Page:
, Volume 110, Issue 1-2, pp 27-36

Comparison of in vitro binding properties of a series of dopamine antagonists and agonists for cloned human dopamine D2S and D2L receptors and for D2 receptors in rat striatal and mesolimbic tissues, using [125I] 2′-iodospiperone

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Abstract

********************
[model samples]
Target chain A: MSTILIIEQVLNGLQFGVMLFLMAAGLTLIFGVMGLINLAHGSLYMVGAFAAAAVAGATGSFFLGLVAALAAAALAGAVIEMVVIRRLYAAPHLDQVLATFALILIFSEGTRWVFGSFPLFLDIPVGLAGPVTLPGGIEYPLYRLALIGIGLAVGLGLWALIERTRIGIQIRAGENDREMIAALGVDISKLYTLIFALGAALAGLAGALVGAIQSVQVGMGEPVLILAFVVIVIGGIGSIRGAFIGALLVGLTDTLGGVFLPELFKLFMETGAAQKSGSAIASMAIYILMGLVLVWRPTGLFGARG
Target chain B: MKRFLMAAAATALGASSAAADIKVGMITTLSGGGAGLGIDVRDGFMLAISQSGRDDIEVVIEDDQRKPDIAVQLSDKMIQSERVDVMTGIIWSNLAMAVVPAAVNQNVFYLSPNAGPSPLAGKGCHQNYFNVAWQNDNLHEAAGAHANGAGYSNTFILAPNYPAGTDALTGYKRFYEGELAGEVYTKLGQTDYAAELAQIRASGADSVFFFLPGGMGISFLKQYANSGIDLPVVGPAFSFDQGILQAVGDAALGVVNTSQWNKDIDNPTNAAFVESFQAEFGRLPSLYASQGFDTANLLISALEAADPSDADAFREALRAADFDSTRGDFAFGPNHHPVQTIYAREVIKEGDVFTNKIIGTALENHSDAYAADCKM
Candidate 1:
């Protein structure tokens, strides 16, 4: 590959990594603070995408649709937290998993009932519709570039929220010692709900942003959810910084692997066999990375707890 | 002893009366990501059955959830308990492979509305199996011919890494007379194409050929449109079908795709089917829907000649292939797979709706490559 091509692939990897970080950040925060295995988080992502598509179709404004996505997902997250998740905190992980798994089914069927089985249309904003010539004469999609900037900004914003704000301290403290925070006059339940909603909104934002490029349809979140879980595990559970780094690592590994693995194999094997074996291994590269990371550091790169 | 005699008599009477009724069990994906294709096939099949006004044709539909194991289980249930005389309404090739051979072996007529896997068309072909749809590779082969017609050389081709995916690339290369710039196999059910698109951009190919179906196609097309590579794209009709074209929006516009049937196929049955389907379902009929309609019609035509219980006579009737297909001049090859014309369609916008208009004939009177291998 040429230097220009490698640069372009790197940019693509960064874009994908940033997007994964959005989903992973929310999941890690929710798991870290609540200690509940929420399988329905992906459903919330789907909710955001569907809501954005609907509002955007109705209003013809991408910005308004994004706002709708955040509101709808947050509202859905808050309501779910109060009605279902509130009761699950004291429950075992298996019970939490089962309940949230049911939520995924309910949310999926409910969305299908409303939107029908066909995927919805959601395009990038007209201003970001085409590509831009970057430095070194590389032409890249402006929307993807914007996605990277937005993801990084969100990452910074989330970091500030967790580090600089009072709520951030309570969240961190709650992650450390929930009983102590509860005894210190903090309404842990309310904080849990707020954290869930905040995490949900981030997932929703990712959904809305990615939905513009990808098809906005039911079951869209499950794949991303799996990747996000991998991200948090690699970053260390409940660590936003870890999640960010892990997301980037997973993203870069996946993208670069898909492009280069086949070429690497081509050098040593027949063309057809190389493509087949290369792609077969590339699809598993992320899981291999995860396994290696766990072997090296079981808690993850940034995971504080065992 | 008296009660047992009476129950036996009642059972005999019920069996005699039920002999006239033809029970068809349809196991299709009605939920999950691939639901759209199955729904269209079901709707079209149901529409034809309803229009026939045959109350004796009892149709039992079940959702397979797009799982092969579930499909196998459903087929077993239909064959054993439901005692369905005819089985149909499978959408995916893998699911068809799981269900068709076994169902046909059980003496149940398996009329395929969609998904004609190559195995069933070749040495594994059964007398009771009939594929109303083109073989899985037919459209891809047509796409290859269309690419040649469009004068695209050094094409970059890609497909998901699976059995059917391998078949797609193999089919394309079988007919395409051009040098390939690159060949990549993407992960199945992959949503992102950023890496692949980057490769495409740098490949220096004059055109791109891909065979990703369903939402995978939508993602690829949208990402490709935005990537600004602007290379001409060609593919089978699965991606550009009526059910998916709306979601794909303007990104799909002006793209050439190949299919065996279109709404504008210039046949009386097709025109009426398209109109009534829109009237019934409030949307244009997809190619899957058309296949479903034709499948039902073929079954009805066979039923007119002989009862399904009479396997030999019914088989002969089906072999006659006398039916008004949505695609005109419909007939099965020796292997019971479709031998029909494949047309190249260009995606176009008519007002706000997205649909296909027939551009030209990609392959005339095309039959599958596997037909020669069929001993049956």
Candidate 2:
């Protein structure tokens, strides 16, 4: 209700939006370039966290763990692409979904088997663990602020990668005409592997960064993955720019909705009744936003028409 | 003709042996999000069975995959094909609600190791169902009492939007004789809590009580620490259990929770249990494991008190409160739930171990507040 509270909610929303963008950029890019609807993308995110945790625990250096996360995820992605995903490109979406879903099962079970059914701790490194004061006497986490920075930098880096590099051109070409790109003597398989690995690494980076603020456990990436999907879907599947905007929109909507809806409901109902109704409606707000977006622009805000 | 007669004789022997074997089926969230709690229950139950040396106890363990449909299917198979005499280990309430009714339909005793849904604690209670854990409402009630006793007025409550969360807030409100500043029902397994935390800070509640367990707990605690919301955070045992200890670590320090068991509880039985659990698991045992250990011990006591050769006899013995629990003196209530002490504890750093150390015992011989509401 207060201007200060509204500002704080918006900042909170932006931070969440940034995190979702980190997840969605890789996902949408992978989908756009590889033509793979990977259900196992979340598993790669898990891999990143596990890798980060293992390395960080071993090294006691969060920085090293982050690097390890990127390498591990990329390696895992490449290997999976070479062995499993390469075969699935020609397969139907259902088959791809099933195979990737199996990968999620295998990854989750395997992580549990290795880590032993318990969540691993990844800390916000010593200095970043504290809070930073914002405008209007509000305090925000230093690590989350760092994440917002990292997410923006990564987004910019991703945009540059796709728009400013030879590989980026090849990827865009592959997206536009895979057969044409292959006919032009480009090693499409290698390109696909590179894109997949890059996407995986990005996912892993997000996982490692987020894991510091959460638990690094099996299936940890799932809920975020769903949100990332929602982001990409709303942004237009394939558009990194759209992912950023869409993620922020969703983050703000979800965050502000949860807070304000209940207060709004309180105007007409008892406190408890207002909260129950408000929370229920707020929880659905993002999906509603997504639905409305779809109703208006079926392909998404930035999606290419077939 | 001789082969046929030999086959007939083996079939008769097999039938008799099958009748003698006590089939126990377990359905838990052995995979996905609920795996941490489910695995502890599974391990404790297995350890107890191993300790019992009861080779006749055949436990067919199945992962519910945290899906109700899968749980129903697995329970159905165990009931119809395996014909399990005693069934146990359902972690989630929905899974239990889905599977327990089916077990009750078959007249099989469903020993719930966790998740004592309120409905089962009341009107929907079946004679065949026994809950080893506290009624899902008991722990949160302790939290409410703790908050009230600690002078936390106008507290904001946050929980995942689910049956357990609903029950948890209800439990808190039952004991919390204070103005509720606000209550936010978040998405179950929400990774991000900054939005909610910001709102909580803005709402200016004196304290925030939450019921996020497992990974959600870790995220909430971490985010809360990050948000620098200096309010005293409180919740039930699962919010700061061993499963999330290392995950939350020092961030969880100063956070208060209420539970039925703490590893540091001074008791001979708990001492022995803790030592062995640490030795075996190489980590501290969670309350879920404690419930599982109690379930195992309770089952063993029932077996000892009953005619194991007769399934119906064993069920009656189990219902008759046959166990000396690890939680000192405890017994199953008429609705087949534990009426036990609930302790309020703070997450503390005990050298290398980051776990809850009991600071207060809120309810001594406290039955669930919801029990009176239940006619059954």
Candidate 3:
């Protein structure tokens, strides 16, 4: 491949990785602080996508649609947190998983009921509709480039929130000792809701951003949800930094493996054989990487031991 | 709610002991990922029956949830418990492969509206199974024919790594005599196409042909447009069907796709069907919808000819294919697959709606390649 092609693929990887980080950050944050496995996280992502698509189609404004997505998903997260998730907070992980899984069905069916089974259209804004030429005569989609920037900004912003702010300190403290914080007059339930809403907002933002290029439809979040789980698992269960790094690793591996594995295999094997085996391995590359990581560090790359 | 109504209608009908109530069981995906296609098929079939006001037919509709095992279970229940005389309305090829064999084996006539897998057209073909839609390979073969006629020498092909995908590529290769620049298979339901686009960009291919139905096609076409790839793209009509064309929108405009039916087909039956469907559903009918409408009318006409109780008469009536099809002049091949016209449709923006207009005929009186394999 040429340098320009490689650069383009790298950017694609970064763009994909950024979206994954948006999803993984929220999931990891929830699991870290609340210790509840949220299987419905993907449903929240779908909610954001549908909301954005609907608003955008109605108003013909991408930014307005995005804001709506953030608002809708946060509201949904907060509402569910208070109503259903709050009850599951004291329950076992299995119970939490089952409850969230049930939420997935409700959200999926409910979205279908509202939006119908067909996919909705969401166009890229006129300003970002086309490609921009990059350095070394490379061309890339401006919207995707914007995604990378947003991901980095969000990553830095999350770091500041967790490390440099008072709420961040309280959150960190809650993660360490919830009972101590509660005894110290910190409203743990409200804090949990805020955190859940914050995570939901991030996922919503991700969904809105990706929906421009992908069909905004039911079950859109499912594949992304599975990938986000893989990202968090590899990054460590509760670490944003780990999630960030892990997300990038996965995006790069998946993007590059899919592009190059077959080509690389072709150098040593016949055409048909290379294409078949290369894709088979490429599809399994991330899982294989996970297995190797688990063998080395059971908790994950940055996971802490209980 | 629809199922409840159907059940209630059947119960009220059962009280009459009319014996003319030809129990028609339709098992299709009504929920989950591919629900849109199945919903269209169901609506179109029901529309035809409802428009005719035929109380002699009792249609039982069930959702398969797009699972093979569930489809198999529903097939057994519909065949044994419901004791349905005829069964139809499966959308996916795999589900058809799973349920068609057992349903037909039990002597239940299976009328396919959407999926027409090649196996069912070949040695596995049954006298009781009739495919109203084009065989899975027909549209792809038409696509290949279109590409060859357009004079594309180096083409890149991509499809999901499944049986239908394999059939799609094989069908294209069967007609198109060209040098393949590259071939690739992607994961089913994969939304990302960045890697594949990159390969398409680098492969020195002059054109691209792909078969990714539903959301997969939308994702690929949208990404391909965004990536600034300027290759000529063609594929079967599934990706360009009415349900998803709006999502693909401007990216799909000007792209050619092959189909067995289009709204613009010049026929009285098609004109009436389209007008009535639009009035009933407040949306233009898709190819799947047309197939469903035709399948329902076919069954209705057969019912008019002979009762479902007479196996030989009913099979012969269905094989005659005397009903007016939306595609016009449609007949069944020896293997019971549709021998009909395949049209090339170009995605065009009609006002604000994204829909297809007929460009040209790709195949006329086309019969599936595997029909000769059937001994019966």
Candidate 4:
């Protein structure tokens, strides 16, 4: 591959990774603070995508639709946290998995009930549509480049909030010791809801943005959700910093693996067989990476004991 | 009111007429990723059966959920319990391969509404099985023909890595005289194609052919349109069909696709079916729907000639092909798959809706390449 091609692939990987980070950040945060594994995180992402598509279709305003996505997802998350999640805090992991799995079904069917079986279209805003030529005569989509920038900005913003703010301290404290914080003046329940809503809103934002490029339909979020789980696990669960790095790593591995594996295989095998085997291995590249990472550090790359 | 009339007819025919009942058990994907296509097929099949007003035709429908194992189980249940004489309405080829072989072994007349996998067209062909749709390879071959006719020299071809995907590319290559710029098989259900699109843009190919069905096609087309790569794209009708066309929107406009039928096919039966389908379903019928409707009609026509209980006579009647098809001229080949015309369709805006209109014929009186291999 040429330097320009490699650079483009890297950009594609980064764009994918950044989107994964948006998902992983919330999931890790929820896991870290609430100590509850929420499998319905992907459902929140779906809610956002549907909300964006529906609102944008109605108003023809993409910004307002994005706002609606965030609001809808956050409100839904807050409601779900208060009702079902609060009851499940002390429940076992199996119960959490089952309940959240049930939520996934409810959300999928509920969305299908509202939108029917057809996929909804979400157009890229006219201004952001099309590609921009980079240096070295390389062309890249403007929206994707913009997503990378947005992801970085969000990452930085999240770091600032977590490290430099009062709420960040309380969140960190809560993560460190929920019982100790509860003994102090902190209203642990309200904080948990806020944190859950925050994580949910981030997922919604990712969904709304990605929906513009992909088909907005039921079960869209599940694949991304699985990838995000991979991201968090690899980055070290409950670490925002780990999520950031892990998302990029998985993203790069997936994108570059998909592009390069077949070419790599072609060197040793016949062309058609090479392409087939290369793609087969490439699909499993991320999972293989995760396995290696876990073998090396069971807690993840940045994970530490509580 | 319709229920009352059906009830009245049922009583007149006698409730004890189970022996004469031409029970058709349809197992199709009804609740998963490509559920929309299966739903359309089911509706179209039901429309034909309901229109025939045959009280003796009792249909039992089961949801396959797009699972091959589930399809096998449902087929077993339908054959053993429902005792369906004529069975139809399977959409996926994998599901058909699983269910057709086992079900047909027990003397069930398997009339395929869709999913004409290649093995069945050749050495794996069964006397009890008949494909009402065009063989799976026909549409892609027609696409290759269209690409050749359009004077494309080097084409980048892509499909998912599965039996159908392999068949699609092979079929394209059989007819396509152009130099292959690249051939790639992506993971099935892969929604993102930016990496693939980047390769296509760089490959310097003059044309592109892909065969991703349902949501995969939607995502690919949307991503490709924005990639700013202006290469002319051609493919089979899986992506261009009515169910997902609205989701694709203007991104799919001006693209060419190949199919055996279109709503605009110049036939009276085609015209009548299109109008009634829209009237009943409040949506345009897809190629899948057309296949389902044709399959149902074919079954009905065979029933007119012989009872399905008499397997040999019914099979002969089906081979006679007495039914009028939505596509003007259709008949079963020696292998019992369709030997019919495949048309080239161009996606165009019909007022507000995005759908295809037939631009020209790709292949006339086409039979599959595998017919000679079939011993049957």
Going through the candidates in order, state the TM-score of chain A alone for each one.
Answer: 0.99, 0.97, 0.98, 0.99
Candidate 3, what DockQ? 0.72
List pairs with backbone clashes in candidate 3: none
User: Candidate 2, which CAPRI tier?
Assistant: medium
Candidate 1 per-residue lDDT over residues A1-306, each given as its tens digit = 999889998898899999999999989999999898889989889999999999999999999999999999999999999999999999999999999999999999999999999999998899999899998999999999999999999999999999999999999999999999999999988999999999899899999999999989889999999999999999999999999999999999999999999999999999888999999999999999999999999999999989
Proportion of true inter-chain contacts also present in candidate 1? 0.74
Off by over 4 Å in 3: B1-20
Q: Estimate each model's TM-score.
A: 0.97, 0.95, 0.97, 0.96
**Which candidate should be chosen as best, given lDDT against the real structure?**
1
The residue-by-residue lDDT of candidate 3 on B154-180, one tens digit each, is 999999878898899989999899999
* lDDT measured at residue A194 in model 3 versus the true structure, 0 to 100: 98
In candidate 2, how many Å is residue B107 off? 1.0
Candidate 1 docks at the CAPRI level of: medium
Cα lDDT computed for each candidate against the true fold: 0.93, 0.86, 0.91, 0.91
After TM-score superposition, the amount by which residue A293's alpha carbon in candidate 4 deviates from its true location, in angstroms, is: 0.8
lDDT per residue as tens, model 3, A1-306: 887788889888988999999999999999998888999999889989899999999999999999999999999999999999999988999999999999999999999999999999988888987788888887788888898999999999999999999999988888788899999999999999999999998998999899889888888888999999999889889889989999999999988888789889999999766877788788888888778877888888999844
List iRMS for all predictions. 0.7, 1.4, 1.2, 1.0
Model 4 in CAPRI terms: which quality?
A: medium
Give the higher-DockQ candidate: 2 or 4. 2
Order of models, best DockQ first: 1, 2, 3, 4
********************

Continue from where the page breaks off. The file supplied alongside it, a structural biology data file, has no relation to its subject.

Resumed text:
We investigated the ligand binding properties in vitro of two splice variants of the cloned human dopamine D2 receptor (the 443 and 414 amino acids long forms called D2L and D2S, respectively), expressed in 293 human kidney cells, in comparison with those of the dopamine D2 receptors in rat striatum, nucleus accumbens and tuberculum olfactorium. The new radioligand, [125I]2′-iodospiperone, showed a similar high binding affinity (KD:0.056–0.122 nM) for cloned human D2S and D2L receptors and for the D2 receptors in the three rat brain areas. Binding affinities of 25 dopamine antagonists and of 10 dopamine agonists belonging to different chemical classes were measured. The IC50 values of the antagonists were virtually identical in the five preparations: spiperone was the most potent compound (pIC50 ≲ 9.9), remoxipride the least potent one (pIC50 ≲ 5.7). The agonists showed similar IC50 values for the cloned human D2S and D2L receptors but their affinity for rat brain D2 receptors was 2- to 5-fold higher. Dopamine showed shallow inhibition curves, the high affinity binding was 10-fold lower for the cloned human D2 receptors than for the rat brain D2 receptors. Addition of stable guanosine-5′-triphosphate (GTP) analogues shifted the D2 receptors in the rat brain tissues to the “low” affinity state, the low affinity binding of dopamine was equal to the affinity for the cloned human receptor. None of the dopamine antagonists or agonists could differentiate between the two splice forms of the cloned human D2 receptors or between the D2 receptors in rat striatal and mesolimbic tissues. The lower apparent affinity of some agonists and of dopamine in the absence of stable GTP analogues suggests a less appropriate receptor G-protein coupling for the cloned human D2 receptors expressed in the 293 human kidney cells. Unexpectedly, guanosine-5′-O-(3-thiotriphosphate) (GTP-γ-S) reduced the [125I]2′-iodospiperone binding to the D2 receptors by 20–35% in the rat brain tissues and the cloned human D2L receptor, and by 75% to the cloned human D2S receptor. The inhibition in the last case could be prevented partly by submicromolar concentrations of dopamine. The GTP-γ-S effect is suggested to be due to reduction of disulphide bonds in the receptor. Recent molecular modelling studies indicated an important role of the disulphide bridge between Cys107 at the start of transmembrane domain three and Cys182 in the third extracellular loop, for the binding of dopamine to the D2 receptor.